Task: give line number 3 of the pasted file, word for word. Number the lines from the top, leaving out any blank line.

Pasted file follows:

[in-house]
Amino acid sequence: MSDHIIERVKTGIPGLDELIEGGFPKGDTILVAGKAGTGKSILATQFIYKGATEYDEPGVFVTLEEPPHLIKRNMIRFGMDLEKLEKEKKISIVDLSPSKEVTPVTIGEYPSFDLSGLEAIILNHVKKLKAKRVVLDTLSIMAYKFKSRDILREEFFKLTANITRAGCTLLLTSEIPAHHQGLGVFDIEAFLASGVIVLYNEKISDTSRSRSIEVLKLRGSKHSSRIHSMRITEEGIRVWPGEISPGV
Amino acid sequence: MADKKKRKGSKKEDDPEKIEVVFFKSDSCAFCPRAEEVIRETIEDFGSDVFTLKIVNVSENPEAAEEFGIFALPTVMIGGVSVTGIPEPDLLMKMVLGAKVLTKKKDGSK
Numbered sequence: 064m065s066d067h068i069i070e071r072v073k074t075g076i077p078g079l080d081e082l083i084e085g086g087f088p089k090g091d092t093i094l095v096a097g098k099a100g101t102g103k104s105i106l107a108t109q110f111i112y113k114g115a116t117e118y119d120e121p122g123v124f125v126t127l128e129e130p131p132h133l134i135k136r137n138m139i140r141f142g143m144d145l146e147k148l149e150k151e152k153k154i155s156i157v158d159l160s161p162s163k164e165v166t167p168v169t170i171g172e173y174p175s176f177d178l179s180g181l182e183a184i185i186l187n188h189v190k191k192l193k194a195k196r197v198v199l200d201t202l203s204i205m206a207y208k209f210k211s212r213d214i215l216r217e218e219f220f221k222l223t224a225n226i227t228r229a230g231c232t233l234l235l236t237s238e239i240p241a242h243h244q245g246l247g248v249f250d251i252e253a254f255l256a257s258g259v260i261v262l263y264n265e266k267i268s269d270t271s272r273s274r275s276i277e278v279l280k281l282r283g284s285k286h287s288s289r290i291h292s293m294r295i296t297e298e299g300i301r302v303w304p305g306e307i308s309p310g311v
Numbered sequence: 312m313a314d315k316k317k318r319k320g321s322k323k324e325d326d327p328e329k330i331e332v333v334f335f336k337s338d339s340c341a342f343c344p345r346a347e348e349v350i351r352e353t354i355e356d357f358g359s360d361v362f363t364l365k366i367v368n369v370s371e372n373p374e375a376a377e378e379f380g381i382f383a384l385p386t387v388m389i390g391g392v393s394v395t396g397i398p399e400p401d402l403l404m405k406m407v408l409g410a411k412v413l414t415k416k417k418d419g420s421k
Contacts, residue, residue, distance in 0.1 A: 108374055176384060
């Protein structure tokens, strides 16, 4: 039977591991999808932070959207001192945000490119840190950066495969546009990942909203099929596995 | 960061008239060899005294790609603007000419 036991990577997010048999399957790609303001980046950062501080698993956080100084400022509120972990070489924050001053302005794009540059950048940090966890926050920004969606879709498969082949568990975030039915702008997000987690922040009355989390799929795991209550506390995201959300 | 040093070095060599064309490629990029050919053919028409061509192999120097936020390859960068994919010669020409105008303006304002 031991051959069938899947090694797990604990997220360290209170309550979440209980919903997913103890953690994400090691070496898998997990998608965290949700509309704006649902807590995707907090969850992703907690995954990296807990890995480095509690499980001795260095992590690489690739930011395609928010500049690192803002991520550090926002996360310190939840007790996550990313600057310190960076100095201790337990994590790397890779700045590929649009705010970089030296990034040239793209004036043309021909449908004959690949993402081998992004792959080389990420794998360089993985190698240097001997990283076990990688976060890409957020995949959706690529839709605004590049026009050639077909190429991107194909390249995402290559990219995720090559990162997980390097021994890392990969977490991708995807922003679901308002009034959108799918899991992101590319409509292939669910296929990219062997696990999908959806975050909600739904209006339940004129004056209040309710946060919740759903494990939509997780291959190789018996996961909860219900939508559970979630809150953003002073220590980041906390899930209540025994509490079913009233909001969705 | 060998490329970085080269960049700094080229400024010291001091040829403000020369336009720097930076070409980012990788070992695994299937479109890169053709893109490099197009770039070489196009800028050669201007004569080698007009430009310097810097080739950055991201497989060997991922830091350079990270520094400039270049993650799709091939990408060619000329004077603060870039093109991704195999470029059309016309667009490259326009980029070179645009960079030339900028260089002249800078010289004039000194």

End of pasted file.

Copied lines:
Amino acid sequence: MADKKKRKGSKKEDDPEKIEVVFFKSDSCAFCPRAEEVIRETIEDFGSDVFTLKIVNVSENPEAAEEFGIFALPTVMIGGVSVTGIPEPDLLMKMVLGAKVLTKKKDGSK